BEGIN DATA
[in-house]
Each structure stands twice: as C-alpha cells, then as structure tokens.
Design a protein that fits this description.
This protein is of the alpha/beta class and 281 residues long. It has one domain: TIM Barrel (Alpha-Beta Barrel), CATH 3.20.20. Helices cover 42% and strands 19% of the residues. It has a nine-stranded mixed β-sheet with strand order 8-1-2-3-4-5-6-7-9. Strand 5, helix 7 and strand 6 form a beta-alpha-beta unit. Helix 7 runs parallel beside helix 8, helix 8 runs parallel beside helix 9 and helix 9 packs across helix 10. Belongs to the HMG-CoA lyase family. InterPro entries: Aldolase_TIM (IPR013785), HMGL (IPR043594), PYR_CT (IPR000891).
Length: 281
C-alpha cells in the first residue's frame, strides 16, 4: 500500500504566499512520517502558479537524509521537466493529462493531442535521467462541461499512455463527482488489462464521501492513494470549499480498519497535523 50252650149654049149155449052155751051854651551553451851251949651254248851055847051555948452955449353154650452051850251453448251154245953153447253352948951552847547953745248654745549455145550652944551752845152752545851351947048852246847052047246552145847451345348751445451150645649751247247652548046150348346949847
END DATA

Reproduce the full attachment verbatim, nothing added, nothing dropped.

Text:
[in-house]
Each structure stands twice: as C-alpha cells, then as structure tokens.
Design a protein that fits this description.
This protein is of the alpha/beta class and 281 residues long. It has one domain: TIM Barrel (Alpha-Beta Barrel), CATH 3.20.20. Helices cover 42% and strands 19% of the residues. It has a nine-stranded mixed β-sheet with strand order 8-1-2-3-4-5-6-7-9. Strand 5, helix 7 and strand 6 form a beta-alpha-beta unit. Helix 7 runs parallel beside helix 8, helix 8 runs parallel beside helix 9 and helix 9 packs across helix 10. Belongs to the HMG-CoA lyase family. InterPro entries: Aldolase_TIM (IPR013785), HMGL (IPR043594), PYR_CT (IPR000891).
Length: 281
C-alpha cells in the first residue's frame, strides 16, 4: 500500500504566499512520517502558479537524509521537466493529462493531442535521467462541461499512455463527482488489462464521501492513494470549499480498519497535523 50252650149654049149155449052155751051854651551553451851251949651254248851055847051555948452955449353154650452051850251453448251154245953153447253352948951552847547953745248654745549455145550652944551752845152752545851351947048852246847052047246552145847451345348751445451150645649751247247652548046150348346949847